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Brandon Phillips, hustling and race

May 6, 2010, 2:13 PM EDT

Yesterday I wrote a post in which I slammed Brandon Phillips for his “lack of hustle” when he failed to run hard out of the batters’ box.  And, objectively speaking, he did show a lack of hustle on the play in question. Rob Iracane of Walkoff Walk noticed my use of the phrase, however, and today he makes an excellent point about it:

[T]here is no reason to call out any single writer for leaning too hard
on this simple, cliched phraseology. Nor is there any evidence that
points to any single writer being a closet racist. Still, the evidence
is vast: whenever the phrase “lack of hustle” is used, chances are
the player is black or Latino. This is disturbing! . . .

. . . Brandon Phillips is human, and when he erred, he showed it. I was not
inside Brandon’s head when he smashed that baseball, but does anyone
really think he thought, “Darn, I’m tired! Let me just trot a bit here
so as not to exert too much energy!” No, he didn’t run it out; perhaps
it was half hubris and half misjudgment. But to attack his character
with that horrid phrase smacks of prejudice.

In my defense, I wasn’t attempting to make a character judgment about Brandon Phillips. I was simply describing the undeniable fact that, on that particular play, he did not run it out like players should. What was in his mind or his heart I have no idea. I think he misjudged the shot and thought he’d admire it a bit.

But as Rob notes, the terminology of “hustling” is problematic and loaded. Indeed, Rob points out that an analysis of news articles which reveals that “lack of hustle” is a term used almost exclusively to describe black and Latino players, never whites.

This is something of which I’ve long been aware. Nyjer Morgan hustles more than just about anyone I’ve seen, and he’s
never described as someone who hustles. I’ve witnessed Aubrey Huff and Travis Hafner dog it down the line on multiple occasions and neither I nor anyone else I can recall have accused them of “lack of hustle.” Multiply this across the players and the years and, in the aggregate, the selective deployment of the term “hustle” has had the effect of reinforcing bad old stereotypes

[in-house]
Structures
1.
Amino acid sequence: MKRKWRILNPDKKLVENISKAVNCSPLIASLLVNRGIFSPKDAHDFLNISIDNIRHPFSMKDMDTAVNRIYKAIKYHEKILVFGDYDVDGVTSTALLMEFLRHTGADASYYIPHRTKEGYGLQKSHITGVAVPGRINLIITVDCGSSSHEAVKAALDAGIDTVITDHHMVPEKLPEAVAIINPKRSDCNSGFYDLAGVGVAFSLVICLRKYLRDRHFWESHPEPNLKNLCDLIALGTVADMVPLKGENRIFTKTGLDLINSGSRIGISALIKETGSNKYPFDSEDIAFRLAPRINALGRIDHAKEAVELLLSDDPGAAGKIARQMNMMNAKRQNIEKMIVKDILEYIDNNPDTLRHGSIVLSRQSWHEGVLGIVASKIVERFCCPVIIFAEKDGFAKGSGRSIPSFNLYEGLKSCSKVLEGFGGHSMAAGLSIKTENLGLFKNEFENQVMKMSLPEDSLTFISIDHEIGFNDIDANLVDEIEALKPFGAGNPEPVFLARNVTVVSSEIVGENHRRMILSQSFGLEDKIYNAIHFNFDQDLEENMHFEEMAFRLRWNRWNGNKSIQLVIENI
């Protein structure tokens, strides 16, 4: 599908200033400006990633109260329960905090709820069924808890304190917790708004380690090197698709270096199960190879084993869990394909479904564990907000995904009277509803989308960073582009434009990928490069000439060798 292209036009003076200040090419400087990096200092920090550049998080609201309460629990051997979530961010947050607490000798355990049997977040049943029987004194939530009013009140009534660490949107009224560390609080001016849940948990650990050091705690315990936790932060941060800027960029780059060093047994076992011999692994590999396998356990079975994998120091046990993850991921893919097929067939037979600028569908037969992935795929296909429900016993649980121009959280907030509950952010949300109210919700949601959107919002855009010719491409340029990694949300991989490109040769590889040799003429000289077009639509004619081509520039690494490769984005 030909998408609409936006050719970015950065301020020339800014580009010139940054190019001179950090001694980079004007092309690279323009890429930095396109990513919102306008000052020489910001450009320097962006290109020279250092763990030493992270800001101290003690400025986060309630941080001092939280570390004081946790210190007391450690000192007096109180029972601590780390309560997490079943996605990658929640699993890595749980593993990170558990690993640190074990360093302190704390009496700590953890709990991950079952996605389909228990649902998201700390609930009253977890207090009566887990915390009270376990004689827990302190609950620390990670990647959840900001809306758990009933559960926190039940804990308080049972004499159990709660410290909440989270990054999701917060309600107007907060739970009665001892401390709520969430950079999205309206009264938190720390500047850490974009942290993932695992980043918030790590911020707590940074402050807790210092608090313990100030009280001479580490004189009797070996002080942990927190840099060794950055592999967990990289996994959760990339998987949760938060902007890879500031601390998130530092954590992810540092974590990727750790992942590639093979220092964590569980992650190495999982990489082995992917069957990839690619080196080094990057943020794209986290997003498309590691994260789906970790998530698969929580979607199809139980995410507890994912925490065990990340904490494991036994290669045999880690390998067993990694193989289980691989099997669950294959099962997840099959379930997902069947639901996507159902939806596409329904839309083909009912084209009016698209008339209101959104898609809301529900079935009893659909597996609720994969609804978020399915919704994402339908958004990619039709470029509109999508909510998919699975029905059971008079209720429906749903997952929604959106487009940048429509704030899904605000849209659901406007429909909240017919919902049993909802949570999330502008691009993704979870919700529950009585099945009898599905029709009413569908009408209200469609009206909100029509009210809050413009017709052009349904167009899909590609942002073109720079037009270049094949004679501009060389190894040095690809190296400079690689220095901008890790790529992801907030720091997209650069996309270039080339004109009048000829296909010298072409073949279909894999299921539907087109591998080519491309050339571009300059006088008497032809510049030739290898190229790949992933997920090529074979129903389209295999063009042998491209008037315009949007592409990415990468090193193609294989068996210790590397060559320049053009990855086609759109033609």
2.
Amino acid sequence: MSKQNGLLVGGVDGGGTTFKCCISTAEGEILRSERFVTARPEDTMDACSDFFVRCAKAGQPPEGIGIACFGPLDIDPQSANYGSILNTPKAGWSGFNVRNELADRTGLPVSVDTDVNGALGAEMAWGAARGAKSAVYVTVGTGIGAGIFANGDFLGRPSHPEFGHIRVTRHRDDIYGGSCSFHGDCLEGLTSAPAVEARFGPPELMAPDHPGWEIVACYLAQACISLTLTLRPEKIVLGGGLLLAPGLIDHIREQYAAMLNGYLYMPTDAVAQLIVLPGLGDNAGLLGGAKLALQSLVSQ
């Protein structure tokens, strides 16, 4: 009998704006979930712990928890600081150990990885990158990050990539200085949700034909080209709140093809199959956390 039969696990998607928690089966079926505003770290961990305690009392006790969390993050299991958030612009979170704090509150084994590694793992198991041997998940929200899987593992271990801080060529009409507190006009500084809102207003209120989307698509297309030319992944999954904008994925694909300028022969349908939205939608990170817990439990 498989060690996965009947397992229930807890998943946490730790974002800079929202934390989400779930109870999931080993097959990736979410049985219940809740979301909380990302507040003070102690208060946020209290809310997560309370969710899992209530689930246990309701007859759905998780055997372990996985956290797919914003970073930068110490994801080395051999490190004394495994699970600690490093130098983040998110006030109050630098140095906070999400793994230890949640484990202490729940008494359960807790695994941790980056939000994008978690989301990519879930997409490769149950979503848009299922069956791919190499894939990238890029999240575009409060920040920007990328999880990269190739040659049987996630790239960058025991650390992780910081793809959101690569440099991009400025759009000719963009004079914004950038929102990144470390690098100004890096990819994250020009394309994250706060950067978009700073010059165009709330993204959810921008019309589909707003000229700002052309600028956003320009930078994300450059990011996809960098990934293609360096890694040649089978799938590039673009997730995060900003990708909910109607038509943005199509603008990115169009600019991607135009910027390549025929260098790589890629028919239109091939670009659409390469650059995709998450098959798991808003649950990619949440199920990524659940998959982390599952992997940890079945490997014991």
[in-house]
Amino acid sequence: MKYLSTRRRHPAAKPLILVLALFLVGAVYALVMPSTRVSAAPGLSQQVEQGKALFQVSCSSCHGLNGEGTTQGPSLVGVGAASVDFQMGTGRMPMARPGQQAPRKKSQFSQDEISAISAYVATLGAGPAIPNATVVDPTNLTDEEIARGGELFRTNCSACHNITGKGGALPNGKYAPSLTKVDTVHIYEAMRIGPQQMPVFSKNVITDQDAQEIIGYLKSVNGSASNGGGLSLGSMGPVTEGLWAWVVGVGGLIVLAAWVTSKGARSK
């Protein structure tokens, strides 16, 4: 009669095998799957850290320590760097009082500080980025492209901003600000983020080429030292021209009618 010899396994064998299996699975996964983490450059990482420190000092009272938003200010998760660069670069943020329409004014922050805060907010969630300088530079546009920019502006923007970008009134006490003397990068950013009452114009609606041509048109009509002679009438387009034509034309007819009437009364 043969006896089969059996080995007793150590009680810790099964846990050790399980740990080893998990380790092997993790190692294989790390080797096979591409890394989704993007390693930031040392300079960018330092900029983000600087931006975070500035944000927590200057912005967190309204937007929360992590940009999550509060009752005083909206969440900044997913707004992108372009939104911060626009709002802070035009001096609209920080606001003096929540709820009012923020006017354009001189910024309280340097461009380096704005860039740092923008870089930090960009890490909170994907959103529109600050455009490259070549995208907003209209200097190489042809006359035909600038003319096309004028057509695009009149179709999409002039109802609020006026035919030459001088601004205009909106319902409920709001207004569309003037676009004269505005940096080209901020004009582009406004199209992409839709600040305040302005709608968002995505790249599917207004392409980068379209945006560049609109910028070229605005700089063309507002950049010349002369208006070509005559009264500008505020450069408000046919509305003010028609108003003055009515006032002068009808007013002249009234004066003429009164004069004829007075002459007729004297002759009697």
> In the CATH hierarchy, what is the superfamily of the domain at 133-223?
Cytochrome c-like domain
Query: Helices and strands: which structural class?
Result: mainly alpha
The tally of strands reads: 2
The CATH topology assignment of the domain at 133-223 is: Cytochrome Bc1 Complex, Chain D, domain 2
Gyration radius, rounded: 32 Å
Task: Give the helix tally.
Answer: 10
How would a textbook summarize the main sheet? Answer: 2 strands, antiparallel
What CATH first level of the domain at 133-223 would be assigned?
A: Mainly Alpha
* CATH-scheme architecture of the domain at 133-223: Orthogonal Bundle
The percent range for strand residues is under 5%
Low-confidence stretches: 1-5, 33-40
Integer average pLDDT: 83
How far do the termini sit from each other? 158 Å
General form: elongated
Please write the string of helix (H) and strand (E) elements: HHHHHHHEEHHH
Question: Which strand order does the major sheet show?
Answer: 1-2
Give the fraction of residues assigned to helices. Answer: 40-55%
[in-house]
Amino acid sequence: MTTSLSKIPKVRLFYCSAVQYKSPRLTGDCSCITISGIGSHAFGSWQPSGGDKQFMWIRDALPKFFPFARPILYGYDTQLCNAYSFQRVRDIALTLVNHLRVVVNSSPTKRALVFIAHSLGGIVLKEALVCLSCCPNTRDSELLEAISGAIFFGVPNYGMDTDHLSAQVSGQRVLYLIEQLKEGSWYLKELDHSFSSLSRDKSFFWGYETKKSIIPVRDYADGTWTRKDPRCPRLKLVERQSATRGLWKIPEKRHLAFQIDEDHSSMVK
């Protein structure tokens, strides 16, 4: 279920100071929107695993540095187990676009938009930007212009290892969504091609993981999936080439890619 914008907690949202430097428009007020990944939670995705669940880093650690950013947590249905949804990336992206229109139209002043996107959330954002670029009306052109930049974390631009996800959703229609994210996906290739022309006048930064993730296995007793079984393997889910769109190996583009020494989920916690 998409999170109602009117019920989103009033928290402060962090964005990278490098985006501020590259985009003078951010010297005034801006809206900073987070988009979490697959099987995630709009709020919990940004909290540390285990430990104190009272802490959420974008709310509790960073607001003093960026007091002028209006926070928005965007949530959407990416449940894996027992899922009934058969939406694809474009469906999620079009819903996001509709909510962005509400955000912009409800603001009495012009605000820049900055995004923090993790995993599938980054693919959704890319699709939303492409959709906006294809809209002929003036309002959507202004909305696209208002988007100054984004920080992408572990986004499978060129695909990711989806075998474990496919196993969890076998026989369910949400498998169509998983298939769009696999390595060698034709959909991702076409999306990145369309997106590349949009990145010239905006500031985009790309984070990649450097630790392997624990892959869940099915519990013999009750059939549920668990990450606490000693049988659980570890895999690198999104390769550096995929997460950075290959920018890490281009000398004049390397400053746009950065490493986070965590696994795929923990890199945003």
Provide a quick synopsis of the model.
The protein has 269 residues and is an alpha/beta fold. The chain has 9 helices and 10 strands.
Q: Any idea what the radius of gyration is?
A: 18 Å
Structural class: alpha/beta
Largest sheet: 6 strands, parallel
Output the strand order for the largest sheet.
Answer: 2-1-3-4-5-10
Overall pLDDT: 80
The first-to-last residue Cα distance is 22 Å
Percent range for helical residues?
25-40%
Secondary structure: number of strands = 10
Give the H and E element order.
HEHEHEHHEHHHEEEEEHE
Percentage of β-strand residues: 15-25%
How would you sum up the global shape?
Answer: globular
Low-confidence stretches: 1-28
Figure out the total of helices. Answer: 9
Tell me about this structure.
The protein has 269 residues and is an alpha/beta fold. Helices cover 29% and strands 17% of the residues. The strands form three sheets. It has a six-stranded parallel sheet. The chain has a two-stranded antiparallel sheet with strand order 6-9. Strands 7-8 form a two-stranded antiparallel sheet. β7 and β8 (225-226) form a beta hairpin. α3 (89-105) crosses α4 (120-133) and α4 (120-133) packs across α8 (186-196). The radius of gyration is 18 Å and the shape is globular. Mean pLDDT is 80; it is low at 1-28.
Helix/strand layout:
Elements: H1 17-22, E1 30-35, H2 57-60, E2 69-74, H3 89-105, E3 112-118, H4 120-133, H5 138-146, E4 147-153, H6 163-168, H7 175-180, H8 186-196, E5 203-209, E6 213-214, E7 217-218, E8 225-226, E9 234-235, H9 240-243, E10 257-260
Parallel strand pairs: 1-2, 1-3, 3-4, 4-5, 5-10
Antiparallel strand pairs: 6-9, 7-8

about minorities being lazy.

This is not to say that the concept of “hustling” is now some third-rail, politically incorrect thing. Even I’m not that big a sensitive lefty weenie to think that (and I’m a pretty sensitive, pretty left weenie).  But I think that it’s probably worth thinking about how we use the term.

It’s one thing to say that someone did or did not hustle on a given play because they either did or they didn’t.  But it’s something else to say someone, generally speaking, hustles or does not hustle, because that’s a character judgment — a very subjective one, actually, that is usually not easily verifiable nor based on much evidence at all. And, as Rob empirically demonstrates, it’s one that leads inevitably to the land of racial stereotype.

After reading Rob’s post and thinking about it all, I’m mad at myself for using the phrase “lack of hustle.” Not because it was necessarily inaccurate in that particular instance, but because it’s prone to being misused and I don’t really feel like participating, however unwittingly, in the perpetuation of that kind of baloney.

  1. Charles Gates - May 6, 2010 at 7:32 PM

    Craig, good work on this post. I admire your ability to take accountability. It seems as if the people arguing against you don’t disagree with your original post, but are more so tired of the constant race colored lenses we unfortunately view the world through and want someone to take a stand against it. While I also want someone to say ‘Just because I criticize someone of a protected race doesn’t mean I’m racist,’ it’s even more important to make sure that one does not perpetuate anything that gives weight to the intolerant parts of society, consciously or otherwise.
    I don’t think you said anything inappropriate in the original piece, but at the same time I don’t believe clarification is out of order either.